Plains and Types of Plains

Plains and Types of Plains

This article will clearly explains about Plains and Different types of plains


  • Plain is extensive, relatively level area of land. It exhibits gentle slopes and small local relief.
  • It occupies slightly more than one-third of the land surface. Plains are found on all continents except Antarctica. Some are tree-covered and others are grassy.
  • They have different names in different climates and countries. E.g. steppes, prairies, pampas, veld etc.
  • The cause of the formation of plains included the erosive action of water, glaciation, the draining of a lake, deposition of sediments and the upliftment of a Continental shelf.

Types of Plains

On the basis of their mode of formation, the plains can be of various types.

  1. Structural Plains
  2. Erosional Plains
  3. Depositional Plains

Structural Plains

They are structurally depressed areas, which are largely formed by horizontally bedded rocks relatively undisturbed by crustal movements. E.g. Great plains of the USA, Central lowlands of Australia.

Erosional Plains

They are formed by the action of various Erosional events that work to bring an elevated, region near to the sea level.

  1. Riverine Erosion Plains
  2. Glaciated Plains
  3. Wind Eroded Plains

Riverine Erosion Plains

Riverine Erosion Plains will form peneplains, which are characterised by residual hills known as Monadnocks.

Glaciated Plains

Glaciated Plains forms ice-scoured plain, e.g. ice scoured plains of North-Western Europe and North America.

The Wind Eroded Plains

In arid and semi-arid regions, wind deflation will blow desert materials, lowering the level of land and forming extensive plains, e.g. the Reg of Africa.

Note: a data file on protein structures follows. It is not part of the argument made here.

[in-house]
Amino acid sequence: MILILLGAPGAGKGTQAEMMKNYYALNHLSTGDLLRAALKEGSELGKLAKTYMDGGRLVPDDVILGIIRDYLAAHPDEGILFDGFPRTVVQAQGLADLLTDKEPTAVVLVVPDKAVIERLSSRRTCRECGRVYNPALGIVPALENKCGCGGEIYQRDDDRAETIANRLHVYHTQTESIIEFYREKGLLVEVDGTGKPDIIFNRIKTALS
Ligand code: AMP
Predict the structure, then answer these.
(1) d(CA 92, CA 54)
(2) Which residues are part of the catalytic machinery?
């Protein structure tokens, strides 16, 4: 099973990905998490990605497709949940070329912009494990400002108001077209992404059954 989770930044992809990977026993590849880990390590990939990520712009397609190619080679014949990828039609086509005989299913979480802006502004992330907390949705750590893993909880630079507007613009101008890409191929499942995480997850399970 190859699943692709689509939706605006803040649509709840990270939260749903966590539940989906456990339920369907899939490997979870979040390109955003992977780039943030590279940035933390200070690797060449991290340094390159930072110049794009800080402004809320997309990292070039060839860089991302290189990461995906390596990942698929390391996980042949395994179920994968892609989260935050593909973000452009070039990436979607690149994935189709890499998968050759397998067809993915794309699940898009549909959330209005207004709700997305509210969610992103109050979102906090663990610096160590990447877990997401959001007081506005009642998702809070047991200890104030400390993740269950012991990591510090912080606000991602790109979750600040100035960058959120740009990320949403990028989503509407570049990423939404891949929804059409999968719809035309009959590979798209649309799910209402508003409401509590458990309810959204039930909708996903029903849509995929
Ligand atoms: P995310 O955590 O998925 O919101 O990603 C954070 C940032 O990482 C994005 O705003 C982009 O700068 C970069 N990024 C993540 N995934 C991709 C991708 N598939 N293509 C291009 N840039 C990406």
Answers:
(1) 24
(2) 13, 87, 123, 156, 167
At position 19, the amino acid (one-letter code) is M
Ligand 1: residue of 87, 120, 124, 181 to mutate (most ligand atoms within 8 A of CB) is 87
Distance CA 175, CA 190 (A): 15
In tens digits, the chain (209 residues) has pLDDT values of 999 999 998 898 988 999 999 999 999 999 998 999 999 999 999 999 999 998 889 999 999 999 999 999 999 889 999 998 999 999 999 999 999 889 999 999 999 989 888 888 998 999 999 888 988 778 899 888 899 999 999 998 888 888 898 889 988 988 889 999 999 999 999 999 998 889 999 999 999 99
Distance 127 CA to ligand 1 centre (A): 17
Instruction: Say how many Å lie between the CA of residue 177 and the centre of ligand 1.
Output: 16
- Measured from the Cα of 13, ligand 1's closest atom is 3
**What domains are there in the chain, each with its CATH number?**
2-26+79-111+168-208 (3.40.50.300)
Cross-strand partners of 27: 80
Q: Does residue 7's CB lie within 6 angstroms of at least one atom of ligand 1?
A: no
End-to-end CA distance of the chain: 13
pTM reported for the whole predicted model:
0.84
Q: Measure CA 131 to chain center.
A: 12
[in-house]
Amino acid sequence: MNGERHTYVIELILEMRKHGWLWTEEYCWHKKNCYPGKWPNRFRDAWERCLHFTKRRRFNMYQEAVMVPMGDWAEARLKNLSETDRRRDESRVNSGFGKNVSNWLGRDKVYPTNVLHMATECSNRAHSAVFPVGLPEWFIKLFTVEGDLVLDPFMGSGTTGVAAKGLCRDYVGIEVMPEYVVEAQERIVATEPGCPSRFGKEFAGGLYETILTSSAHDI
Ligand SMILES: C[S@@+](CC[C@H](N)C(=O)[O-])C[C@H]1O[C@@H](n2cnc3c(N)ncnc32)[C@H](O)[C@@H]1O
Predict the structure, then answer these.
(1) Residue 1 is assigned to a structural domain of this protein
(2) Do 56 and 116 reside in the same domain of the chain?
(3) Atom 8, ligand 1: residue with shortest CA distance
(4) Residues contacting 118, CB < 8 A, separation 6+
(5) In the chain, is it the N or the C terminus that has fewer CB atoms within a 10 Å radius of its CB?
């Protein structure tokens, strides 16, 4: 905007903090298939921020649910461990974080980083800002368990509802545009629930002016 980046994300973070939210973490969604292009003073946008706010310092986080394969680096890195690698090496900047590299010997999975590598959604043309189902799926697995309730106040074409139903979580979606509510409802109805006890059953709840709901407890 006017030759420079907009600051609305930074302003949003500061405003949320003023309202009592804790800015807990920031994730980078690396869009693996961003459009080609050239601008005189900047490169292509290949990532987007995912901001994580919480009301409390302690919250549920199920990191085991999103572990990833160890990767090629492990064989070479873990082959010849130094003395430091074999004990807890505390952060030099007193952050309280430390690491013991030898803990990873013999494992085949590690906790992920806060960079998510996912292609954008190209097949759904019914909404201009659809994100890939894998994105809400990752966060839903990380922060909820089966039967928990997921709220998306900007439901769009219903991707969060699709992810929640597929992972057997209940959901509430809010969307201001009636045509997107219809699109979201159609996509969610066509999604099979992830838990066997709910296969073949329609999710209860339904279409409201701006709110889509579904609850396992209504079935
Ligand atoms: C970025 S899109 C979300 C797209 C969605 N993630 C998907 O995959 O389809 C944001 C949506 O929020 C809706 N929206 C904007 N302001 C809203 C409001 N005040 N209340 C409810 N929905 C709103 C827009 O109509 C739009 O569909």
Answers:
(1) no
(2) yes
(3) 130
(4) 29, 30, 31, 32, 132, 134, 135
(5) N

Depositional Plains

The plains formed by the filling up of sediments carried by agents of Erosion like wind, rivers, glaciers and underground water into depressions are called Depositional plains.

  1. Riverine Alluvial plains
  2. Glacial Plains
  3. Loess Plains
  4. Lacustrine Plains

Riverine Alluvial Plains

These plains are formed by the deposition of sediments brought down by rivers. It includes Piedmont Alluvial plains, floodplains and delta plains.

Glacial Plains

Glacial Plains are formed by the deposition of unsorted sands and travels brought down by glaciers. Glacial Plains are divided into three types on the basis of composition and structure. Till plains, Morainic plains and Outwash plains.

Loess Plains

Loess Plains are formed due to the deposition of sand and clay brought by the winds. These plains lack in layers but are highly porous. The soil of these plains is very fertile e.g. the Great plain of Northern China.

Lacustrine Plains

Lacustrine Plains are the plains formed by lakes filled by the sediments brought down by the rivers. The valley of Kashmir is an example of this type.

The difference between Structural, Erosional and Depositional Plains

Structural Plains

Structural Plains formed due to the uplift of a part of the sea floor e.g. the Great plain of USA.

Erosional Plains

Erosional Plain formed when the elevated tract of land is worn down by the process of Erosion.

E.g. plain of North Canada.

Depositional Plains

Depositional Plain formed by filling up of sediments into depressions along the foothills, lakes and seas e.g. Info Ganga plain.